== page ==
If Judd Apatow, power-producer, has effectively sculpted the Mount Rushmore of contemporary comedy, Freaks and Geeks was his original workshop. In the 20 years since the short-lived NBC series left the air, Freaks hasn’t just given us the careers of performers from Busy Philipps to Martin Starr; it’s yielded a handful of bona fide auteurs. Seth Rogen made his name as the mascot of a new age of stoner comedy, but he’s become a patron in his own right, shepherding projects like Black Monday, Preacher, and The Boys. Over the past couple of years, James Franco has faced allegations of sexual misconduct that make his impact much more complicated, but Franco’s polymath career—including the direction of features like The Disaster Artist and episodes of The Deuce—is nonetheless in the Apatovian mold.
Of Freaks and Geeks’ beta-male leads, Jason Segel is the last to try his hand at a writers’ room of his own. Segel wrote the script for 2008’s Forgetting Sarah Marshall, a breakup comedy that came after Knocked Up and Superbad in the late-aughts wave of Apatow ventures. But rather than follow Rogen or Jonah Hill on the path to movie stardom and, eventually, his own projects, Segel spent nearly a decade on the CBS sitcom How I Met Your Mother, where he’d been cast several years before his big-screen breakthrough. A 2015 turn as author David Foster Wallace in James Ponsoldt’s The End of the Tour signaled an interest in expanding his oeuvre into more conventional prestige, but it took five years for that interest to reach its logical conclusion: a seasonal anthology series with Segel as both creator and star.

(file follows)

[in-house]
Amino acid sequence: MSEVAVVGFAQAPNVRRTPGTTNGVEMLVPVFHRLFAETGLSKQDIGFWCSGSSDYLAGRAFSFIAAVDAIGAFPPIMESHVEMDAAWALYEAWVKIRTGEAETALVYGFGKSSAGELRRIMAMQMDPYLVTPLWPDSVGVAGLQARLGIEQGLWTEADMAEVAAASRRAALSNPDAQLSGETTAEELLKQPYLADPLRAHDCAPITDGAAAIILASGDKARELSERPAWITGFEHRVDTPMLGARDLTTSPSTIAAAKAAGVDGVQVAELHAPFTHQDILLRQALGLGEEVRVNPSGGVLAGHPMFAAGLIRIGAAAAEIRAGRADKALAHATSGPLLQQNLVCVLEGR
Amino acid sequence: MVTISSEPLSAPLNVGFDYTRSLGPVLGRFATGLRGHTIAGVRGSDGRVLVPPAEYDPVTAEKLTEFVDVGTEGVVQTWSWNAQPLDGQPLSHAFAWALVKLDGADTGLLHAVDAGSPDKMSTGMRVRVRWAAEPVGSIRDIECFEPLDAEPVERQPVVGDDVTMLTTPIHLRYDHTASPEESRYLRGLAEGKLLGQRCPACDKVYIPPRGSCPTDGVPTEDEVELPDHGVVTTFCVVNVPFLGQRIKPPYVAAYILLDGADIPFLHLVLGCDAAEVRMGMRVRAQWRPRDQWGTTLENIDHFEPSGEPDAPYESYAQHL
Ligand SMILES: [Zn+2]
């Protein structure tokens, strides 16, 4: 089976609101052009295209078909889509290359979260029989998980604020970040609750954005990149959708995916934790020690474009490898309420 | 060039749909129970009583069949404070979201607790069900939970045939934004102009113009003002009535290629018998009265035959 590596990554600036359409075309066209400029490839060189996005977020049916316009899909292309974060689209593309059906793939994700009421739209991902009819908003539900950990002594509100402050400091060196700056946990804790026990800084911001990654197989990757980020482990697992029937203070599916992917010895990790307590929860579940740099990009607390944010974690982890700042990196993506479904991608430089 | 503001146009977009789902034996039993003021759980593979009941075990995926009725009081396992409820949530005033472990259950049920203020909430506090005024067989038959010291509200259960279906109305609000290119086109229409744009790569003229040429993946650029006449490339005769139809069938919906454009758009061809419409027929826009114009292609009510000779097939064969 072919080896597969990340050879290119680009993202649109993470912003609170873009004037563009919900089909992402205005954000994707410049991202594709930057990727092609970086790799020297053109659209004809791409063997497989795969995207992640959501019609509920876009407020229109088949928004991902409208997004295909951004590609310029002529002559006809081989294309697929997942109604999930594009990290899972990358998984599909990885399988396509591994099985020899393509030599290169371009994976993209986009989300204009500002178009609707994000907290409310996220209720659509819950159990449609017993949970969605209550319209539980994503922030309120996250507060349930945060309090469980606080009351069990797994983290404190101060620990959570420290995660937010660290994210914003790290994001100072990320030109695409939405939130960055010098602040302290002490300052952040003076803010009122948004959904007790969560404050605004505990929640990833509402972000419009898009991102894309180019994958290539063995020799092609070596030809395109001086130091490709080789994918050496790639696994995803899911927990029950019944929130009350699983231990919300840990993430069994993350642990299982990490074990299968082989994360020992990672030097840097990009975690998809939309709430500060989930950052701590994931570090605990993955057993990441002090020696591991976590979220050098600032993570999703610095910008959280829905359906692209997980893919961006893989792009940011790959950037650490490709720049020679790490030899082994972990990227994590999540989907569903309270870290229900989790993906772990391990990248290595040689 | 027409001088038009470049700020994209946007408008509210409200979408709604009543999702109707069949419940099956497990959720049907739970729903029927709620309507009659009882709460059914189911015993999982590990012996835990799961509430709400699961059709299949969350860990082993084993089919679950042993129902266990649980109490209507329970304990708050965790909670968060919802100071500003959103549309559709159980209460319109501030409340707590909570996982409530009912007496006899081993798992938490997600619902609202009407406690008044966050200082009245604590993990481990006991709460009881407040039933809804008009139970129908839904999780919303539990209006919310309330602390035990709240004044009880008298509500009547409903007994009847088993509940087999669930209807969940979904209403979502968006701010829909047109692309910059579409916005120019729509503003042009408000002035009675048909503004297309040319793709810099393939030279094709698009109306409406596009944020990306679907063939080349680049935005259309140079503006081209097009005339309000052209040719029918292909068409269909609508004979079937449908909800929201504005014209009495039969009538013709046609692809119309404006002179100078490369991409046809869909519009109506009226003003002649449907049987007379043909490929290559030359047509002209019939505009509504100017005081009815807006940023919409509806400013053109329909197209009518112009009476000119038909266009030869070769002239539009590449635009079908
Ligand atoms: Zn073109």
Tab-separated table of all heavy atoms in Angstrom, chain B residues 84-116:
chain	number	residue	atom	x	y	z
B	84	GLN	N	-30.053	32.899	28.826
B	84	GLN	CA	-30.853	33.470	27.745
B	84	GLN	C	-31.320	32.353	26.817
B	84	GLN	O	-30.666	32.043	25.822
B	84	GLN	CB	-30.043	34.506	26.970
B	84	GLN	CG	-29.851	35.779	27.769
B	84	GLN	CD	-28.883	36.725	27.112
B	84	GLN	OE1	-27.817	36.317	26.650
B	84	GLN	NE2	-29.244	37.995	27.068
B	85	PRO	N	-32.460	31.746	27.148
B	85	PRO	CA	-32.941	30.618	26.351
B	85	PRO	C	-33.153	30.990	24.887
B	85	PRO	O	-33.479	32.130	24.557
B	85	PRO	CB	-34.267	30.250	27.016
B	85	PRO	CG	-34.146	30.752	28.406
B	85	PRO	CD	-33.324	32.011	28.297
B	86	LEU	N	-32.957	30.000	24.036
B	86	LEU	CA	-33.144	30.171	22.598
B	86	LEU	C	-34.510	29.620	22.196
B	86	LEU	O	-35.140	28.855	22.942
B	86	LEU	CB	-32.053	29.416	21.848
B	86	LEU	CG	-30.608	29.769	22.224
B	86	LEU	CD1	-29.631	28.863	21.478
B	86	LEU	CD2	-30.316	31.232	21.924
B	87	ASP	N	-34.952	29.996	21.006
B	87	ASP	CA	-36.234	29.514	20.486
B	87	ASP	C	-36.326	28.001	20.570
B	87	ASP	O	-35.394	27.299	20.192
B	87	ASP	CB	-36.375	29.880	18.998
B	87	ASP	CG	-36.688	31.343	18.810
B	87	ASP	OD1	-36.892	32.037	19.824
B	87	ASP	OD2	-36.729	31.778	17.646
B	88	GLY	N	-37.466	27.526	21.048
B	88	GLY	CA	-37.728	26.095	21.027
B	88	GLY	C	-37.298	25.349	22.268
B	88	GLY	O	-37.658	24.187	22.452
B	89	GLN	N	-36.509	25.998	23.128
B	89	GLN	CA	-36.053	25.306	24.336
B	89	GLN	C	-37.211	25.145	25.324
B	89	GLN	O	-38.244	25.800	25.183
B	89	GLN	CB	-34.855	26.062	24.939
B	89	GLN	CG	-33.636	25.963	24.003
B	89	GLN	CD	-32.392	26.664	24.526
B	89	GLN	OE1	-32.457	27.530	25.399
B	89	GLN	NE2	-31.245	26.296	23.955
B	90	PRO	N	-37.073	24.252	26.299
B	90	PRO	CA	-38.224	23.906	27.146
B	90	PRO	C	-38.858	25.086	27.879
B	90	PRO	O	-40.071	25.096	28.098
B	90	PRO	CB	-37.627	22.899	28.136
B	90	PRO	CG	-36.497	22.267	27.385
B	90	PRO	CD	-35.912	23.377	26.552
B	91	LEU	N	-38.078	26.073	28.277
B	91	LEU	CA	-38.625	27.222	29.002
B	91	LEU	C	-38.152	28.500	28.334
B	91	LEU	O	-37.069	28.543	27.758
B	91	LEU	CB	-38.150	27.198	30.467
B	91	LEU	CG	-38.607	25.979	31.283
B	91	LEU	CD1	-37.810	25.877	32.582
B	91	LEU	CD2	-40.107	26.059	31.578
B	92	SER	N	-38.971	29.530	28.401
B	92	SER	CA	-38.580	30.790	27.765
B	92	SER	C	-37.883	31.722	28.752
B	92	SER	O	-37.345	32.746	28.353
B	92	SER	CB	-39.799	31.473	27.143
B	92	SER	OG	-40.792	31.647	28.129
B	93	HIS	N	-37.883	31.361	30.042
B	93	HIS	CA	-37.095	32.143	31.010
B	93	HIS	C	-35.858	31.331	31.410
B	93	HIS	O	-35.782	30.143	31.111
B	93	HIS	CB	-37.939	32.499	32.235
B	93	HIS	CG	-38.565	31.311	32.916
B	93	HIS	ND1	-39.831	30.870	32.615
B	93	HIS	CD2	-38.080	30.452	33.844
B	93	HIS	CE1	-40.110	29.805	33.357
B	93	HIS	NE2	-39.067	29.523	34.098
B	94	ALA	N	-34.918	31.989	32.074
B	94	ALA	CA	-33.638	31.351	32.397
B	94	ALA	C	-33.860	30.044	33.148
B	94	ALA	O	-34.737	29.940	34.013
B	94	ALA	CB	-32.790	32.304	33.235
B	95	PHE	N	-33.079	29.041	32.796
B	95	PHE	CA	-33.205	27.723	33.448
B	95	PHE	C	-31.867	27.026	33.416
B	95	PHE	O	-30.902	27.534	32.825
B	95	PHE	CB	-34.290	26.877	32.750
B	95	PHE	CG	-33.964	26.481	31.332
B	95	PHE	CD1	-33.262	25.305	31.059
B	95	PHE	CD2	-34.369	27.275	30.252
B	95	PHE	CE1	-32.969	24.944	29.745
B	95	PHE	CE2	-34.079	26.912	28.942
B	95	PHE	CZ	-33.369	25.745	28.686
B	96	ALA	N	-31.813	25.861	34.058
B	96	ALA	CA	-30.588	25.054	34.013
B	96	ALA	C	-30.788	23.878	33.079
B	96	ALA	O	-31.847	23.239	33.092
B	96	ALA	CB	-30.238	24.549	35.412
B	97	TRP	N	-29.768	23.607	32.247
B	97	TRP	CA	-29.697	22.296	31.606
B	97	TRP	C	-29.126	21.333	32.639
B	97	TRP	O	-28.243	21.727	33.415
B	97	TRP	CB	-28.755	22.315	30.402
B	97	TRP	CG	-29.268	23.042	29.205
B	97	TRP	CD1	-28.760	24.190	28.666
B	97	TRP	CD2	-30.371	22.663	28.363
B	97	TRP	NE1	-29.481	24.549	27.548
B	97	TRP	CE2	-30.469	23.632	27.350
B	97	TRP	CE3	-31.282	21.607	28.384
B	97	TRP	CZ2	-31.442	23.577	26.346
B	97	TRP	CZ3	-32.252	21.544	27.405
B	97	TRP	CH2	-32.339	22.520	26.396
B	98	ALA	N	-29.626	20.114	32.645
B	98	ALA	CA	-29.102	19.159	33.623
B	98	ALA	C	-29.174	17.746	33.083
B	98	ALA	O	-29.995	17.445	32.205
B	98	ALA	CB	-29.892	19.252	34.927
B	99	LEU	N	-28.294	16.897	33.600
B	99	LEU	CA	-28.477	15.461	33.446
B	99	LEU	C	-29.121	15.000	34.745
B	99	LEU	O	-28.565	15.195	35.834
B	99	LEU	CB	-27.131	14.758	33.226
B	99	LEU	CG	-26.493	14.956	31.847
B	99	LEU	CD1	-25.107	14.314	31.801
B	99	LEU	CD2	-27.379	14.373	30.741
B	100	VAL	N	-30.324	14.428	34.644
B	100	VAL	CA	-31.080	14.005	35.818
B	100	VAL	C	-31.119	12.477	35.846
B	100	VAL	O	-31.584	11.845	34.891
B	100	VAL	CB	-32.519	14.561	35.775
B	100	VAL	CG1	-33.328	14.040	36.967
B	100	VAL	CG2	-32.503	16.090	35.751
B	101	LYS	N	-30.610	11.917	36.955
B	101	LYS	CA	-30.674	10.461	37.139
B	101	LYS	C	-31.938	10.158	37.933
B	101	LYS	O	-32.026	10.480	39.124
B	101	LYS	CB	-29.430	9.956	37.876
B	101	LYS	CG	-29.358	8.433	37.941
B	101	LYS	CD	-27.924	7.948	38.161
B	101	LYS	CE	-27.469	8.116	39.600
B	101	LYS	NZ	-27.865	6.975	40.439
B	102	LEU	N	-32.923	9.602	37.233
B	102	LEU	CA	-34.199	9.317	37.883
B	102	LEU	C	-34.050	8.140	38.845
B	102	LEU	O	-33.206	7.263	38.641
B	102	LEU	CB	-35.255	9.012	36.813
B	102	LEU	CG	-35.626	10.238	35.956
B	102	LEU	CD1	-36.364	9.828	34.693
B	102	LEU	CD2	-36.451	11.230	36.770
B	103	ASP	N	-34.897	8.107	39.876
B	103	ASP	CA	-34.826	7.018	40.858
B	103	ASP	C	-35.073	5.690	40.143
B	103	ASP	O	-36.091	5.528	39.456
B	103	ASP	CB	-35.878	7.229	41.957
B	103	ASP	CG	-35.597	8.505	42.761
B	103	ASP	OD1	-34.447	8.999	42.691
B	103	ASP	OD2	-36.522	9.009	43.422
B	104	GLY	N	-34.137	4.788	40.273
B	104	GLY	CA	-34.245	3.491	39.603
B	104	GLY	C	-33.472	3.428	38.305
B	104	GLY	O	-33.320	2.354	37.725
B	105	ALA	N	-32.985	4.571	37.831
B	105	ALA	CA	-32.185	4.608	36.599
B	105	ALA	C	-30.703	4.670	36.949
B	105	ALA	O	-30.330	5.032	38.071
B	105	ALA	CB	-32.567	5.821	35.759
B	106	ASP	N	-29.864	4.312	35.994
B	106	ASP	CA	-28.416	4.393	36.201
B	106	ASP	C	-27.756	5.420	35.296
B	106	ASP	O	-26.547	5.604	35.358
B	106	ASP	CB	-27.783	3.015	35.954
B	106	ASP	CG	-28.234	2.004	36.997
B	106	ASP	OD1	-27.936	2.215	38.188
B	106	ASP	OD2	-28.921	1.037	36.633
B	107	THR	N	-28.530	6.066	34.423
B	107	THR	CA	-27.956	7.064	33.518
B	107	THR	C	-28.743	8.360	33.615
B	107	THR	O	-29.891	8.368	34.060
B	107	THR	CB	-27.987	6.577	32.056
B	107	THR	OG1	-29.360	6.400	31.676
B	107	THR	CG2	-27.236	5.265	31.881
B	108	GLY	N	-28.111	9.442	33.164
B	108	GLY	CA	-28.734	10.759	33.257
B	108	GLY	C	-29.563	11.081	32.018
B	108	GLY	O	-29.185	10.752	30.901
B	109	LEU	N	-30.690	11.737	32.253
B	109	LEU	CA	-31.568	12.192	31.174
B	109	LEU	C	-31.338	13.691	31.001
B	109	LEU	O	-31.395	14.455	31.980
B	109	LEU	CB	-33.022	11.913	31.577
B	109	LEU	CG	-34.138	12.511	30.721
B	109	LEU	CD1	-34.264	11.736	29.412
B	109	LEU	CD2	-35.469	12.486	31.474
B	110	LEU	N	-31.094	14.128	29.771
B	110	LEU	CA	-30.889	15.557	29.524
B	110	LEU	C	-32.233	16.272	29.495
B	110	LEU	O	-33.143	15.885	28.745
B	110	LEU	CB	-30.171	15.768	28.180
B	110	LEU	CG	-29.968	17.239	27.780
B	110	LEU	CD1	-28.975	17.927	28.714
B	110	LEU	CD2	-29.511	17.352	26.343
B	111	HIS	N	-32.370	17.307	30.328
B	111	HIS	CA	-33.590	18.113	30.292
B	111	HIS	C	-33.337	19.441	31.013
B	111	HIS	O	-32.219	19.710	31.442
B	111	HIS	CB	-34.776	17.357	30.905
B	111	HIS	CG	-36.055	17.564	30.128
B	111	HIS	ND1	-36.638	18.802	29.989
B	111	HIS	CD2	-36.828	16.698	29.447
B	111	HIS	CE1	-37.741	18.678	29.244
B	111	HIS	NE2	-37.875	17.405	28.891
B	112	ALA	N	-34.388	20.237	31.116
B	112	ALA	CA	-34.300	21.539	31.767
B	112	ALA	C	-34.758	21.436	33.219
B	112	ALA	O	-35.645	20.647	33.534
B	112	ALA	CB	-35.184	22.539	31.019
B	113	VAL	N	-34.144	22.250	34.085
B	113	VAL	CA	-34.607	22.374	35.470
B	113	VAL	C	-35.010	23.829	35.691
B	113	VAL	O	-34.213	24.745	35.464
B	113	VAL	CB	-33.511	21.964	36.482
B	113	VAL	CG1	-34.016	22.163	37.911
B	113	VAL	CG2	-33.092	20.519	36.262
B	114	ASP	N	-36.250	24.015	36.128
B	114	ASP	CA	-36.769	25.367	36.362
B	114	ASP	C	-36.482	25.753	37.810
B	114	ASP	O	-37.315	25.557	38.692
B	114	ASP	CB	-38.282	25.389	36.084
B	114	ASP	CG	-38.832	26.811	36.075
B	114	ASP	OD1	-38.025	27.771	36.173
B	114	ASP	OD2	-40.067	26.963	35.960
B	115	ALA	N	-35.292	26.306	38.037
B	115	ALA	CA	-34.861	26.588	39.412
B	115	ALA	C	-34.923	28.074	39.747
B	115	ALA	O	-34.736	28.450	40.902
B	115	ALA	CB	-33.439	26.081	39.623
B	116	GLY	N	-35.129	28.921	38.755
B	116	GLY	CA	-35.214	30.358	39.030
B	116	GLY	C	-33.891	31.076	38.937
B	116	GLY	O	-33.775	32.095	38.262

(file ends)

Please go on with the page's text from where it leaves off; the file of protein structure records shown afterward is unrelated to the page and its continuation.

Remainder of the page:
Dispatches From Elsewhere, which premiered on Sunday night on AMC, is a surreal fantasia based on real events. From 2008 to 2011, a multimedia artist named Jeff Hull transformed the greater San Francisco Bay Area into an adult playground, deploying thousands of willing participants in an elaborate alternate reality game, or ARG. Luring in players with fliers and an “induction ceremony,” Hull’s gambit then immersed them in an elaborate mythology, which included the mysterious Jejune Institute, their rivals in the Elsewhere Public Works Agency, and fictional characters like Jejune founder Octavio Coleman, Esq., and a missing girl named Eva. The stunt culminated in a “socio-reengineering seminar” at San Francisco’s Grand Hyatt, in which actors delivered a “message of unity” to around 150 people. Hull’s exploits were chronicled in the 2013 documentary The Institute, on which Dispatches From Elsewhere is officially based.